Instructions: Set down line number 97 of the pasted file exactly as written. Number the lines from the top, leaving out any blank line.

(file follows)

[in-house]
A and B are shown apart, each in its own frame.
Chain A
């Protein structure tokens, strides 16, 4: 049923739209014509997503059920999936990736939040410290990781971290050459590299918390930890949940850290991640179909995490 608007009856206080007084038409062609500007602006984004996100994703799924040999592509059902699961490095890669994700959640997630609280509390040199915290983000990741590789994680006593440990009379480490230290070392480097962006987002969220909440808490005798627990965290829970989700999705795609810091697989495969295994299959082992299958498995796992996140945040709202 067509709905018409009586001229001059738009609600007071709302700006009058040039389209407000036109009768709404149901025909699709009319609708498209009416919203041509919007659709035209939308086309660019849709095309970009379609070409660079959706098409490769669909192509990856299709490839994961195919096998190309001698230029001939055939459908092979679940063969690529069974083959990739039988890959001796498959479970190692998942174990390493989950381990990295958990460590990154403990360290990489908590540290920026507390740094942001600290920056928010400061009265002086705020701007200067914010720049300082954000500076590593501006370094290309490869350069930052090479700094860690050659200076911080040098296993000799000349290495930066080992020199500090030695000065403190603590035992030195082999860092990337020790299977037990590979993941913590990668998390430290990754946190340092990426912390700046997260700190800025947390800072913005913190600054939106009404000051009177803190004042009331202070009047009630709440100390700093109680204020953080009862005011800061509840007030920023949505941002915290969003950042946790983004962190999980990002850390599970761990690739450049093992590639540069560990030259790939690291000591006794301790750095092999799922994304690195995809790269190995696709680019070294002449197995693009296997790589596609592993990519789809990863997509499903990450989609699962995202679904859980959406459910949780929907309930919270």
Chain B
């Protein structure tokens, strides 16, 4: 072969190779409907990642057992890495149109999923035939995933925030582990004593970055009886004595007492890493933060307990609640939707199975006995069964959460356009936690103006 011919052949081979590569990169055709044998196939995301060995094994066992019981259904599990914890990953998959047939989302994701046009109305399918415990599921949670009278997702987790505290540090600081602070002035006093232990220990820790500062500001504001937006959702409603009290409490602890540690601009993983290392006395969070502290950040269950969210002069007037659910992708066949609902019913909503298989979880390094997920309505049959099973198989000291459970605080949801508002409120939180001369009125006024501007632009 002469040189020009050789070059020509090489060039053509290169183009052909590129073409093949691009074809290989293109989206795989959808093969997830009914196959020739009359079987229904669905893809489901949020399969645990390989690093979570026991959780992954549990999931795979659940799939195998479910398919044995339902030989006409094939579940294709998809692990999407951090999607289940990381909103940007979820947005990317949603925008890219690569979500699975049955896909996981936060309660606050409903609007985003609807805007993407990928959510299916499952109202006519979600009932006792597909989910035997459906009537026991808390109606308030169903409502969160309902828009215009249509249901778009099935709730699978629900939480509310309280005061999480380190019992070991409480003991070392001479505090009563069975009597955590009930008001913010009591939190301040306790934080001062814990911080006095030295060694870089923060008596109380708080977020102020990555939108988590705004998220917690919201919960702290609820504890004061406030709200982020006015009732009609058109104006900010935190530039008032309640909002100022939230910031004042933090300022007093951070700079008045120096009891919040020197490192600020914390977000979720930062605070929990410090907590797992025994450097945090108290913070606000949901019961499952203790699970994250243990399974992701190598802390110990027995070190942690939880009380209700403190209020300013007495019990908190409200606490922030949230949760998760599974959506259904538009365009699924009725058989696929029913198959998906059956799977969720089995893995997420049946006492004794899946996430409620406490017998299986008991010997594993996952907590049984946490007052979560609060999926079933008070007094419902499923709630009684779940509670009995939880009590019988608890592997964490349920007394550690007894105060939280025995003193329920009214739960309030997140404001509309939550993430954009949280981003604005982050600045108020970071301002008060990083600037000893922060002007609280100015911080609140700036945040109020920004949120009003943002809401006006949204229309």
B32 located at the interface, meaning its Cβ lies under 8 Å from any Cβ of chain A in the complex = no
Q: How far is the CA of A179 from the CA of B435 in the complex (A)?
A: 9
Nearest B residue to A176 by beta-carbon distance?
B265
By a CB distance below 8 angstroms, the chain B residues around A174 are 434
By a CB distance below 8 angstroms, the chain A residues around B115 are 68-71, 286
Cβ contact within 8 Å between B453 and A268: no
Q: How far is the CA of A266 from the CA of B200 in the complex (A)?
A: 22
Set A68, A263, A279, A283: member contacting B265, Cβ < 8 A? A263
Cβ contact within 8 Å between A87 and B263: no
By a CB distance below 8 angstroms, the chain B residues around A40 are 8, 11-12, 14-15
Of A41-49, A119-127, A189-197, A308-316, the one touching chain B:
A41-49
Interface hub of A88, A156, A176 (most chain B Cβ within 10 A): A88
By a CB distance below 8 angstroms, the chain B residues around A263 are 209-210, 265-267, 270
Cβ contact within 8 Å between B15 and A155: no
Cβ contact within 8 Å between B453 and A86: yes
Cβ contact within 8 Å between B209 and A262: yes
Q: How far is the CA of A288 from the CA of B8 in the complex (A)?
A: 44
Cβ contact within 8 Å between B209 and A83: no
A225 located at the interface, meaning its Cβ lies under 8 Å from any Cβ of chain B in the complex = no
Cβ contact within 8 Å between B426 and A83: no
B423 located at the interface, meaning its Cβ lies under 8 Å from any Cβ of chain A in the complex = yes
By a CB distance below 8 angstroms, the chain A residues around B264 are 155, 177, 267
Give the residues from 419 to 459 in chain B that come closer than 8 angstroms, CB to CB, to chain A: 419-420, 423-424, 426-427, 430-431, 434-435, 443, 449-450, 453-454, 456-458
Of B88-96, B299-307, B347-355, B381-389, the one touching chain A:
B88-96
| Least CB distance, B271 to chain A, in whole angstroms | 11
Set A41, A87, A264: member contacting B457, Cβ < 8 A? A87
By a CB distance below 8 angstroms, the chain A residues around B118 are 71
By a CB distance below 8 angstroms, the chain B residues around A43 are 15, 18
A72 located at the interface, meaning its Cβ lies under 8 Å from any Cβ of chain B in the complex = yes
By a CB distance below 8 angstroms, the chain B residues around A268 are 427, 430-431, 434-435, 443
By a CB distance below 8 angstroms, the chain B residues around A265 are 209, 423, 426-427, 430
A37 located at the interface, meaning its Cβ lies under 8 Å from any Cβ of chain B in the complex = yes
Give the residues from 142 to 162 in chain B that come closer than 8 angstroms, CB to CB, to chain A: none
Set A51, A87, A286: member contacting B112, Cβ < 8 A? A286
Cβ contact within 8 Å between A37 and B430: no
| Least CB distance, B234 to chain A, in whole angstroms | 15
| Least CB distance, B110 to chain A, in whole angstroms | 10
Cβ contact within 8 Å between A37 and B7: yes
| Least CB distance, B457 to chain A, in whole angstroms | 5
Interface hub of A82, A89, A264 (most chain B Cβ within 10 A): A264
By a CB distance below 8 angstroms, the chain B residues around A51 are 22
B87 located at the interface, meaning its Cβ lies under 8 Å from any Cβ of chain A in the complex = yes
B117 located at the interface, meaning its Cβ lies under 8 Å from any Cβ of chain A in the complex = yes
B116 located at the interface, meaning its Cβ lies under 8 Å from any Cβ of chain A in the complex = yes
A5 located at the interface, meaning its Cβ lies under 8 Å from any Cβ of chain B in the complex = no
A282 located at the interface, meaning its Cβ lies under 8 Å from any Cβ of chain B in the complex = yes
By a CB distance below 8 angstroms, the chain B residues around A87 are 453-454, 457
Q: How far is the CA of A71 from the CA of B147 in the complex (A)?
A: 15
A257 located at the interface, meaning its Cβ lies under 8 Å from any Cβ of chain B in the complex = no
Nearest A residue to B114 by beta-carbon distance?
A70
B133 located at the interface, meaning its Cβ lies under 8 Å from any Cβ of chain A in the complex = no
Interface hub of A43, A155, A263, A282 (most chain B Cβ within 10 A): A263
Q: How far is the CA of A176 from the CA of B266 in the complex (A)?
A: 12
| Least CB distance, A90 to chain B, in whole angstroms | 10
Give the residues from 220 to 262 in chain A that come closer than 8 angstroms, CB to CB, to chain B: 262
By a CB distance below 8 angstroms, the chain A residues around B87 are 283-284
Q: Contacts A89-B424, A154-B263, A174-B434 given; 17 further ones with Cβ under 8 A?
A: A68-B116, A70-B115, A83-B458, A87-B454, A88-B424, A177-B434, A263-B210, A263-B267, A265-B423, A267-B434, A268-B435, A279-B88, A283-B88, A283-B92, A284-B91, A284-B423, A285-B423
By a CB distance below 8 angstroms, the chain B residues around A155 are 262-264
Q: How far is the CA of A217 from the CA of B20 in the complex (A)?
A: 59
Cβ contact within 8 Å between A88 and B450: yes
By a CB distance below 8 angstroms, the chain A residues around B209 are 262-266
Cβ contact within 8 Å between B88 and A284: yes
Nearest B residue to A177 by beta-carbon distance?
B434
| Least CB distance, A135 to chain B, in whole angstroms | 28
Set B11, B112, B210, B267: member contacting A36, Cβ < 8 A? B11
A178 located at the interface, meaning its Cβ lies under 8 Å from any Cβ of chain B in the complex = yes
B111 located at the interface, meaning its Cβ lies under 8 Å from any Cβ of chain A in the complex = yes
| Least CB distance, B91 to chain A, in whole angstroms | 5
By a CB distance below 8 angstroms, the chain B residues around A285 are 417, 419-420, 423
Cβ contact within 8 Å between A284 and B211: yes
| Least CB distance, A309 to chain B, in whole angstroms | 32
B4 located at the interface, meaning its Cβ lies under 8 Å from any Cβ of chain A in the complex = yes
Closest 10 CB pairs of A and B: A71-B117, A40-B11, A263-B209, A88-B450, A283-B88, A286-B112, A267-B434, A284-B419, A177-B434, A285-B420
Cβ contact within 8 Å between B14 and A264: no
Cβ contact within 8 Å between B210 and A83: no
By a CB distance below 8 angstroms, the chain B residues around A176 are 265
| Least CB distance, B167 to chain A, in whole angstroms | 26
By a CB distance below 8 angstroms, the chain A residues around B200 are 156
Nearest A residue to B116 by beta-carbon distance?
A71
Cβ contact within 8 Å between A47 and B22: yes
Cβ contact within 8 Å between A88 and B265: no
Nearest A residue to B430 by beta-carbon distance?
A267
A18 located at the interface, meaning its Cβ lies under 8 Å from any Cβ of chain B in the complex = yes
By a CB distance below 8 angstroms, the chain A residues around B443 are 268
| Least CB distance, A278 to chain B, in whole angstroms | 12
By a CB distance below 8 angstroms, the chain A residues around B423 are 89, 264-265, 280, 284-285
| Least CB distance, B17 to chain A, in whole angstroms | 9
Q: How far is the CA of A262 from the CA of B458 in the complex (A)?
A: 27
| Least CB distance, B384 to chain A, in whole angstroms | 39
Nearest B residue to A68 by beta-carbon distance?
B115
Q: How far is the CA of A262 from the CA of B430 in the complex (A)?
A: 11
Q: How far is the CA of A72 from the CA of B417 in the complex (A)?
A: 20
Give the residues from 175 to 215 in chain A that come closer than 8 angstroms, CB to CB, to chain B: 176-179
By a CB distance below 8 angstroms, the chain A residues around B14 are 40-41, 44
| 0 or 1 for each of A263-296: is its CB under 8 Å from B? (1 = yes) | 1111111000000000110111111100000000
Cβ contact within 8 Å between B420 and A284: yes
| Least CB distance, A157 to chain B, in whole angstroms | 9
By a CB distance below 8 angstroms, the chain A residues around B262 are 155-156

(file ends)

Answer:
Nearest A residue to B116 by beta-carbon distance?